9/4/2012 10:12:30 AM

Thinking Allowed

Of course we'll just forget that Proposition 8 in California was declared unconstitutional. Same thing will happen in North Carolina.

9/4/2012 10:37:55 AM

Sasha

It's not farfetched that the rising millennials could come to see marriage as the cornerstone of a stable family.

Which is exactly why gay marriage is on its way. :D

9/4/2012 11:55:09 AM

tracer

@ Mad Jester :

In the 18th century, it wasn't uncommon for boys to stay in the same house with their parents after they got married, and to bring their brides in to live with them.

Of course, these were great big gigantic houses designed to house an extended family, nothing like the single-family units we think of as "houses" today.

9/4/2012 12:50:41 PM

breakerslion

"The fact is young voters often change their political views as they age."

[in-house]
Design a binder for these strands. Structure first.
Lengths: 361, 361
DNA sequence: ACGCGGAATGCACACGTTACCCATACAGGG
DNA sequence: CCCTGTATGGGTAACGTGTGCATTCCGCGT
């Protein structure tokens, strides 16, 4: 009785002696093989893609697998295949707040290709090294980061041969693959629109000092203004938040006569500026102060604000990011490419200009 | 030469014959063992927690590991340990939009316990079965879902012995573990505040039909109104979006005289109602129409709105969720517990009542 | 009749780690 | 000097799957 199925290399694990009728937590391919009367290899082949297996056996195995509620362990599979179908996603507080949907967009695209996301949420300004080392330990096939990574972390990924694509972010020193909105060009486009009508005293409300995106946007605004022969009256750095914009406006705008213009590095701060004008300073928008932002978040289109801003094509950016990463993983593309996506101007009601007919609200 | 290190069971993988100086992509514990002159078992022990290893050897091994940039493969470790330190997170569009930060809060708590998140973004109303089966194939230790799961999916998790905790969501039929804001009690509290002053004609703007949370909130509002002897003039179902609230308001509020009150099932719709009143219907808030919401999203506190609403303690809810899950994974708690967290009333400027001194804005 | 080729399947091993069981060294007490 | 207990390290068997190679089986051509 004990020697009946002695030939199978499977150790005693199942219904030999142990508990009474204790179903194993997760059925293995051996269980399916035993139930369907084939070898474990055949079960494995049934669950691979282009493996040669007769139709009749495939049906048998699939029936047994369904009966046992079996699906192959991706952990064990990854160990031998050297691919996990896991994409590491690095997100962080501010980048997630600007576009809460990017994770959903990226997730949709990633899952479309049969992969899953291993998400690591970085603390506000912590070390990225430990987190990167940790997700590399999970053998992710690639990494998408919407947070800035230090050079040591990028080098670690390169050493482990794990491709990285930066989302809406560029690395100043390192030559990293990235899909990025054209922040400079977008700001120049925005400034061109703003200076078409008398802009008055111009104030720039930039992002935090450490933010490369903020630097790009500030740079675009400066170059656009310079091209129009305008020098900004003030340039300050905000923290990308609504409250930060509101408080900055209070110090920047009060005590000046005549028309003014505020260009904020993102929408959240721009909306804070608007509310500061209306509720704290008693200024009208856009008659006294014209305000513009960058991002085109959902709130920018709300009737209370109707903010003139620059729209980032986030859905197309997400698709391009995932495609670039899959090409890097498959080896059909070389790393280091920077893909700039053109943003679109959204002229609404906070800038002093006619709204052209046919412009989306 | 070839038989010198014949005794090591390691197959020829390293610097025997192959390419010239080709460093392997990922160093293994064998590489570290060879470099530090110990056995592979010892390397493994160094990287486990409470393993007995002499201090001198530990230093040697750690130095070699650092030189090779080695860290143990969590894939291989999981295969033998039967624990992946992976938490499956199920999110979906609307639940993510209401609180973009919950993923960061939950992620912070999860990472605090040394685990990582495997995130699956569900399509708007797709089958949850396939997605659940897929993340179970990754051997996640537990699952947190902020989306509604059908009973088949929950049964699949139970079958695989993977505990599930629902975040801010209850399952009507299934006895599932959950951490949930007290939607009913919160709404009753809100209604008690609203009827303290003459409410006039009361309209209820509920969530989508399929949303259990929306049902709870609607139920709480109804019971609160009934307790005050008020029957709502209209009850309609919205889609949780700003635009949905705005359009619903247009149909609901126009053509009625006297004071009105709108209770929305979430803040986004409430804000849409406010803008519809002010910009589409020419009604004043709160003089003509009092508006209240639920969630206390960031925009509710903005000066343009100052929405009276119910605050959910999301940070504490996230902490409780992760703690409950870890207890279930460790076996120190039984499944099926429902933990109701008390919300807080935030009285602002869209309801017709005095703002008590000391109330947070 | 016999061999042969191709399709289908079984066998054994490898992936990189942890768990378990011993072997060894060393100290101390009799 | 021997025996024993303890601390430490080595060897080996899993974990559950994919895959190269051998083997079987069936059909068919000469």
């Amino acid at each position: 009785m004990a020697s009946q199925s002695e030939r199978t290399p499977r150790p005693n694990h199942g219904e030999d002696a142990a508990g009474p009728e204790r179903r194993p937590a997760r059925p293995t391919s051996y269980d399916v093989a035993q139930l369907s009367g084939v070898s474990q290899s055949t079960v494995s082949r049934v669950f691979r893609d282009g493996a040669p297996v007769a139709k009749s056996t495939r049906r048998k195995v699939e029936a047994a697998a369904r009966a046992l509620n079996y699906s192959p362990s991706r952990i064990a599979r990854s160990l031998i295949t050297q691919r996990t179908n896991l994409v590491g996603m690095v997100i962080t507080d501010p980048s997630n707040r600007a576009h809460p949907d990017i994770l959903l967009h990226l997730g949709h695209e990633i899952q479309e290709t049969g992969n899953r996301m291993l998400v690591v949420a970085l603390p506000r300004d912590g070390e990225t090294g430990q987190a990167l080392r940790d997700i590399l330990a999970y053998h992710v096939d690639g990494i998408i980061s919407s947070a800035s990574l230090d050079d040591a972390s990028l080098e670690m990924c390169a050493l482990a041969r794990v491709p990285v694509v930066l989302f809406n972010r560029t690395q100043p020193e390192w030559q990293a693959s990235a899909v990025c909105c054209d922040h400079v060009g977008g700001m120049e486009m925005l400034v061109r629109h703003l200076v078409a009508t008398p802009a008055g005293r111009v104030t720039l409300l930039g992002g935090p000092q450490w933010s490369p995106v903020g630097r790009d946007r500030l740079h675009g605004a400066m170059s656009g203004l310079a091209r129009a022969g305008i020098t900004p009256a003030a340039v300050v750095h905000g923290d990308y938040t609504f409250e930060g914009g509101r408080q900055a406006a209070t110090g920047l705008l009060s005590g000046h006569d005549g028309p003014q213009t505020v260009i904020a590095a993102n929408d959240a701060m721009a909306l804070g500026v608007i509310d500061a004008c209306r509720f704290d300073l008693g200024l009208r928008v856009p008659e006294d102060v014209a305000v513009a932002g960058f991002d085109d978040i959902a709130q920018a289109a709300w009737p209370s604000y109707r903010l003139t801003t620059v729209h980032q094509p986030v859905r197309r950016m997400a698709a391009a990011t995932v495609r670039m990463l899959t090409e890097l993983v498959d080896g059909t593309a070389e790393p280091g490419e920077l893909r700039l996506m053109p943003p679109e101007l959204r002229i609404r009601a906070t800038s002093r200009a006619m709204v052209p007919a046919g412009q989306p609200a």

Yes. That's commonly referred to as, "hardening of the arteries." A preventable disease fostered by the standard US fast food diet.

9/4/2012 1:23:56 PM

NonProphet

This person upheld Phyllis Schlafly as a speaker of truth.

That's a sure sign that nothing Penna Dexter says should be taken as honest or sane.

9/4/2012 2:48:52 PM

Old Viking

Nah, it's inevitable.

9/4/2012 4:12:06 PM

Oh My Dog!

Perhaps gay marriage is not inevitable?

You just keep believing that. You, and other bigots, will find out that there will be no place for you and your version of "family values" in modern society.

9/4/2012 6:09:56 PM

Chris

I'm sorry, but the moment you ask a majority to vote on a human right, then it becomes self-serving. Rights are not decided by consensus or popular opinion.. they are innate. They aren't earned or a privilege, they are a RIGHT. It sickens me that we think it's just to 'vote' on whether some people deserve the same basic rights as everyone else.

9/4/2012 7:00:14 PM